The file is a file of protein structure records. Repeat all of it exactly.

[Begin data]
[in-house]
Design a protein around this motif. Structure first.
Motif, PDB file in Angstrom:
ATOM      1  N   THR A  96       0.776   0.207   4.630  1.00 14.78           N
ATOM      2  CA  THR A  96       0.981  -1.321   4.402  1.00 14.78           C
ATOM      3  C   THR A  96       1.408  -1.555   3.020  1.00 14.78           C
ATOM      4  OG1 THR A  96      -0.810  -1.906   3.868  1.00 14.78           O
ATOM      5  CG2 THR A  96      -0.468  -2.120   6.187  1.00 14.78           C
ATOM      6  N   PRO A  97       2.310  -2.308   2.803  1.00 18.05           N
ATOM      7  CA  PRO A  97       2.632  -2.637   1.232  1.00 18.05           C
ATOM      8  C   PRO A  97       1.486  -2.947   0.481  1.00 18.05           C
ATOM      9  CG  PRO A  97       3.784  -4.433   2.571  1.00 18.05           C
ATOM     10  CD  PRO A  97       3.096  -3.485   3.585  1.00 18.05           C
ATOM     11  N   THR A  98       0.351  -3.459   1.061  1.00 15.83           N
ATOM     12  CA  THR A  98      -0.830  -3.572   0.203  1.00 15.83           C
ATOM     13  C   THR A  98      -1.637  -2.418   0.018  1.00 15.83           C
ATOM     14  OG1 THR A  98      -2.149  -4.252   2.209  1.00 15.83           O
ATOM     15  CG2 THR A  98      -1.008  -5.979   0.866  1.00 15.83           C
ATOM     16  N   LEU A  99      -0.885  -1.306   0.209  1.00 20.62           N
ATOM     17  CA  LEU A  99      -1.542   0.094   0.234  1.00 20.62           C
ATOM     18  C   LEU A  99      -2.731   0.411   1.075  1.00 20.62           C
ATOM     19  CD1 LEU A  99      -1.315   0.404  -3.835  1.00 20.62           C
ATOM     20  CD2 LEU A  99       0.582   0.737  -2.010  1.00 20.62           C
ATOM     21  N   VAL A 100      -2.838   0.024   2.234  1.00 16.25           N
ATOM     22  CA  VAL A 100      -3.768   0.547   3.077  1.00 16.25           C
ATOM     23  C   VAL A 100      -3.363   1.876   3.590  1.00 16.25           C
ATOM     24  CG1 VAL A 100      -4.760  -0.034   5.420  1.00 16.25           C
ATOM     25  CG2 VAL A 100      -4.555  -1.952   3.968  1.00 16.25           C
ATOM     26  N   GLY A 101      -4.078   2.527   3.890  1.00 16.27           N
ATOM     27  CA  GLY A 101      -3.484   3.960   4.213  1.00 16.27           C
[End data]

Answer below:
[in-house]
Design a protein around this motif. Structure first.
Motif, PDB file in Angstrom:
ATOM      1  N   THR A  96       0.776   0.207   4.630  1.00 14.78           N
ATOM      2  CA  THR A  96       0.981  -1.321   4.402  1.00 14.78           C
ATOM      3  C   THR A  96       1.408  -1.555   3.020  1.00 14.78           C
ATOM      4  OG1 THR A  96      -0.810  -1.906   3.868  1.00 14.78           O
ATOM      5  CG2 THR A  96      -0.468  -2.120   6.187  1.00 14.78           C
ATOM      6  N   PRO A  97       2.310  -2.308   2.803  1.00 18.05           N
ATOM      7  CA  PRO A  97       2.632  -2.637   1.232  1.00 18.05           C
ATOM      8  C   PRO A  97       1.486  -2.947   0.481  1.00 18.05           C
ATOM      9  CG  PRO A  97       3.784  -4.433   2.571  1.00 18.05           C
ATOM     10  CD  PRO A  97       3.096  -3.485   3.585  1.00 18.05           C
ATOM     11  N   THR A  98       0.351  -3.459   1.061  1.00 15.83           N
ATOM     12  CA  THR A  98      -0.830  -3.572   0.203  1.00 15.83           C
ATOM     13  C   THR A  98      -1.637  -2.418   0.018  1.00 15.83           C
ATOM     14  OG1 THR A  98      -2.149  -4.252   2.209  1.00 15.83           O
ATOM     15  CG2 THR A  98      -1.008  -5.979   0.866  1.00 15.83           C
ATOM     16  N   LEU A  99      -0.885  -1.306   0.209  1.00 20.62           N
ATOM     17  CA  LEU A  99      -1.542   0.094   0.234  1.00 20.62           C
ATOM     18  C   LEU A  99      -2.731   0.411   1.075  1.00 20.62           C
ATOM     19  CD1 LEU A  99      -1.315   0.404  -3.835  1.00 20.62           C
ATOM     20  CD2 LEU A  99       0.582   0.737  -2.010  1.00 20.62           C
ATOM     21  N   VAL A 100      -2.838   0.024   2.234  1.00 16.25           N
ATOM     22  CA  VAL A 100      -3.768   0.547   3.077  1.00 16.25           C
ATOM     23  C   VAL A 100      -3.363   1.876   3.590  1.00 16.25           C
ATOM     24  CG1 VAL A 100      -4.760  -0.034   5.420  1.00 16.25           C
ATOM     25  CG2 VAL A 100      -4.555  -1.952   3.968  1.00 16.25           C
ATOM     26  N   GLY A 101      -4.078   2.527   3.890  1.00 16.27           N
ATOM     27  CA  GLY A 101      -3.484   3.960   4.213  1.00 16.27           C